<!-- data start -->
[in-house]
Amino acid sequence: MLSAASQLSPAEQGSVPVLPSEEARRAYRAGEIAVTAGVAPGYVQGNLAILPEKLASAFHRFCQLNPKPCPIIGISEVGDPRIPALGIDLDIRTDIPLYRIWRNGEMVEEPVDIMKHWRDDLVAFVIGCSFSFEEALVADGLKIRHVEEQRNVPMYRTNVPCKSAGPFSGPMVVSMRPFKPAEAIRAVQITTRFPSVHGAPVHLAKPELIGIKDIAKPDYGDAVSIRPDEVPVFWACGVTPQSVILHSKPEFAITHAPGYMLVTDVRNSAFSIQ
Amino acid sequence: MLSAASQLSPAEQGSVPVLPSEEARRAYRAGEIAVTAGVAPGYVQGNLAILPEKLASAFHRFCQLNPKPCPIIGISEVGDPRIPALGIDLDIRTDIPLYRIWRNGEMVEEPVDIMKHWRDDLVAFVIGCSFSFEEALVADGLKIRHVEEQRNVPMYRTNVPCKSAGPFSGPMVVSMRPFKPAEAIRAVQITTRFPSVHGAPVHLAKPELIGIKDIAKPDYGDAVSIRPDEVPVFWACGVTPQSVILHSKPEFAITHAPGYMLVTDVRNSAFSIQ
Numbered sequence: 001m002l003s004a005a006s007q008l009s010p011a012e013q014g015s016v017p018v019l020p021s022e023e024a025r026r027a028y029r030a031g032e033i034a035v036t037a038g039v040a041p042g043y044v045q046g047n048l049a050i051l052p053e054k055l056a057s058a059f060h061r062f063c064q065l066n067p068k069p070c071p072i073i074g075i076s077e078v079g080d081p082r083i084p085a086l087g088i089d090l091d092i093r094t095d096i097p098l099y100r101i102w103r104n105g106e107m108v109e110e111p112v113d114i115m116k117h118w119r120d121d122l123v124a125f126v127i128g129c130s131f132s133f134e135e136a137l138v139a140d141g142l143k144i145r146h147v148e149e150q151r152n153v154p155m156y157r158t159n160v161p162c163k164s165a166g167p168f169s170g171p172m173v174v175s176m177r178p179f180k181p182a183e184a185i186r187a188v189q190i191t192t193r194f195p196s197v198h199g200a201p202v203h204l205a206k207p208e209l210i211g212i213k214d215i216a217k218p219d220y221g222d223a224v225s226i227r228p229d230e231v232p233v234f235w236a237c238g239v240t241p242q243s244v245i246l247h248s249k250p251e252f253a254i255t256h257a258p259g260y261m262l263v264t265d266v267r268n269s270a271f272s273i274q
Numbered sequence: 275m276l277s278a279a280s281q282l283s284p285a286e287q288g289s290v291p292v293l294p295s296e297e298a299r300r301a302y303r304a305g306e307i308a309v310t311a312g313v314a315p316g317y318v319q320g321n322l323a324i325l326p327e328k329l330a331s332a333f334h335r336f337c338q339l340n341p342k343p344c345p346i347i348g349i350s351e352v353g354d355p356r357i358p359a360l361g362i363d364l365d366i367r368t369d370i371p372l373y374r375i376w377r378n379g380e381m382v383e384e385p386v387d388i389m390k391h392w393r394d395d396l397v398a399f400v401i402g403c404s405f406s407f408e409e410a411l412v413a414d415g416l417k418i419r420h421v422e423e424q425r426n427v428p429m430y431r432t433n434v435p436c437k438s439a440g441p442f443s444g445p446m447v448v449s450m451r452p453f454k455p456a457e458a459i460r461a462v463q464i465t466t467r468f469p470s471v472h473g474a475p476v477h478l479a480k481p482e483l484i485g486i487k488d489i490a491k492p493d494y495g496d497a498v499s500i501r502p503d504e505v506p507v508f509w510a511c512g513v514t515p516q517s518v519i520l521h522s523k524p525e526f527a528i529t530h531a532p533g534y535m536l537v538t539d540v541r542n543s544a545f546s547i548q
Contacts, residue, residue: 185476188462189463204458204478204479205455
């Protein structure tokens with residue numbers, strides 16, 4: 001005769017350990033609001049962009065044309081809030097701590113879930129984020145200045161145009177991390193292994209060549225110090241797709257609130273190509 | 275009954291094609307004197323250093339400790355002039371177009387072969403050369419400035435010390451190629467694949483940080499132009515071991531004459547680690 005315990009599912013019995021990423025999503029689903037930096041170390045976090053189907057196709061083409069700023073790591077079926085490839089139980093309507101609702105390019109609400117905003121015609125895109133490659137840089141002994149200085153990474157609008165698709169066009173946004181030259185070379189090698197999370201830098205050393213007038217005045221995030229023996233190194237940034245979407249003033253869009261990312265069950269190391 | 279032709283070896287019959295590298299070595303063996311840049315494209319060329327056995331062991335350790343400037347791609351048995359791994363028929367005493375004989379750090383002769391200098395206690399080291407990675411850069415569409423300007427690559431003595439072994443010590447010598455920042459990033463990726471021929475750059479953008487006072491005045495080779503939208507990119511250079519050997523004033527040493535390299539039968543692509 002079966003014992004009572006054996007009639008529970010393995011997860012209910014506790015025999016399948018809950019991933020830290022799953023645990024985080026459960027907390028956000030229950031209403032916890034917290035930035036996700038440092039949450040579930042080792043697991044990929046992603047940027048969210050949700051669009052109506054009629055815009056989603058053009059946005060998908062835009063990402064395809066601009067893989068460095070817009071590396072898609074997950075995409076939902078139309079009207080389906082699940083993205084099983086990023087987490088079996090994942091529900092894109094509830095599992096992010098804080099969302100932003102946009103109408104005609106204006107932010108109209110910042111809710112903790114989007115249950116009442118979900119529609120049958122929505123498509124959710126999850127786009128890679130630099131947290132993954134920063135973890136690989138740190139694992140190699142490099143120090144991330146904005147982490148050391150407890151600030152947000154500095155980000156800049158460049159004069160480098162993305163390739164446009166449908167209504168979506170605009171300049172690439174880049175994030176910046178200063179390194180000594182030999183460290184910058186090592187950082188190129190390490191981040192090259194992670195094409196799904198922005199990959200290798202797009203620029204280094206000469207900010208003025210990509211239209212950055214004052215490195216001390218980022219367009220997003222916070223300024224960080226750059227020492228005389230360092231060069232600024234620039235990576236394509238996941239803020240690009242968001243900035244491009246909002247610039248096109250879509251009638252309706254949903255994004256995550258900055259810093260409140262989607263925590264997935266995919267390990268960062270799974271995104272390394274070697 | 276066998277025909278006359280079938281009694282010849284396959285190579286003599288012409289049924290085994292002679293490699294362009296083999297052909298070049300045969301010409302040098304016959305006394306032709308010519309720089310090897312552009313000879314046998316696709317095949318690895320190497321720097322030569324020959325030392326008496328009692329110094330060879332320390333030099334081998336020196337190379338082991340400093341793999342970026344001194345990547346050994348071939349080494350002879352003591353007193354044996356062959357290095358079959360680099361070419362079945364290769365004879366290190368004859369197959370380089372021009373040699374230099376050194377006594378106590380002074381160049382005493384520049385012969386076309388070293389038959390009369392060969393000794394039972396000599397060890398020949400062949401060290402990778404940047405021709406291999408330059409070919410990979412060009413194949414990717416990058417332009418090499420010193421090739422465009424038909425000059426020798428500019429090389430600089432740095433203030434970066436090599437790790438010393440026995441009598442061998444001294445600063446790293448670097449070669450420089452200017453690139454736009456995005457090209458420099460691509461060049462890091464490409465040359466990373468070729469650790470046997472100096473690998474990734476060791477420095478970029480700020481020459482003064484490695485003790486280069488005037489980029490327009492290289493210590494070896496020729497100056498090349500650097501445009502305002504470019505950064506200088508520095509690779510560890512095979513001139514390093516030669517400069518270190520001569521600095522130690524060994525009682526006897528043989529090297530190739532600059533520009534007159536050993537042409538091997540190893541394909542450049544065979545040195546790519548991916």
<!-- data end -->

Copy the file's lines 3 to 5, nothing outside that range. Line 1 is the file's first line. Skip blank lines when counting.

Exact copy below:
Amino acid sequence: MLSAASQLSPAEQGSVPVLPSEEARRAYRAGEIAVTAGVAPGYVQGNLAILPEKLASAFHRFCQLNPKPCPIIGISEVGDPRIPALGIDLDIRTDIPLYRIWRNGEMVEEPVDIMKHWRDDLVAFVIGCSFSFEEALVADGLKIRHVEEQRNVPMYRTNVPCKSAGPFSGPMVVSMRPFKPAEAIRAVQITTRFPSVHGAPVHLAKPELIGIKDIAKPDYGDAVSIRPDEVPVFWACGVTPQSVILHSKPEFAITHAPGYMLVTDVRNSAFSIQ
Numbered sequence: 001m002l003s004a005a006s007q008l009s010p011a012e013q014g015s016v017p018v019l020p021s022e023e024a025r026r027a028y029r030a031g032e033i034a035v036t037a038g039v040a041p042g043y044v045q046g047n048l049a050i051l052p053e054k055l056a057s058a059f060h061r062f063c064q065l066n067p068k069p070c071p072i073i074g075i076s077e078v079g080d081p082r083i084p085a086l087g088i089d090l091d092i093r094t095d096i097p098l099y100r101i102w103r104n105g106e107m108v109e110e111p112v113d114i115m116k117h118w119r120d121d122l123v124a125f126v127i128g129c130s131f132s133f134e135e136a137l138v139a140d141g142l143k144i145r146h147v148e149e150q151r152n153v154p155m156y157r158t159n160v161p162c163k164s165a166g167p168f169s170g171p172m173v174v175s176m177r178p179f180k181p182a183e184a185i186r187a188v189q190i191t192t193r194f195p196s197v198h199g200a201p202v203h204l205a206k207p208e209l210i211g212i213k214d215i216a217k218p219d220y221g222d223a224v225s226i227r228p229d230e231v232p233v234f235w236a237c238g239v240t241p242q243s244v245i246l247h248s249k250p251e252f253a254i255t256h257a258p259g260y261m262l263v264t265d266v267r268n269s270a271f272s273i274q
Numbered sequence: 275m276l277s278a279a280s281q282l283s284p285a286e287q288g289s290v291p292v293l294p295s296e297e298a299r300r301a302y303r304a305g306e307i308a309v310t311a312g313v314a315p316g317y318v319q320g321n322l323a324i325l326p327e328k329l330a331s332a333f334h335r336f337c338q339l340n341p342k343p344c345p346i347i348g349i350s351e352v353g354d355p356r357i358p359a360l361g362i363d364l365d366i367r368t369d370i371p372l373y374r375i376w377r378n379g380e381m382v383e384e385p386v387d388i389m390k391h392w393r394d395d396l397v398a399f400v401i402g403c404s405f406s407f408e409e410a411l412v413a414d415g416l417k418i419r420h421v422e423e424q425r426n427v428p429m430y431r432t433n434v435p436c437k438s439a440g441p442f443s444g445p446m447v448v449s450m451r452p453f454k455p456a457e458a459i460r461a462v463q464i465t466t467r468f469p470s471v472h473g474a475p476v477h478l479a480k481p482e483l484i485g486i487k488d489i490a491k492p493d494y495g496d497a498v499s500i501r502p503d504e505v506p507v508f509w510a511c512g513v514t515p516q517s518v519i520l521h522s523k524p525e526f527a528i529t530h531a532p533g534y535m536l537v538t539d540v541r542n543s544a545f546s547i548q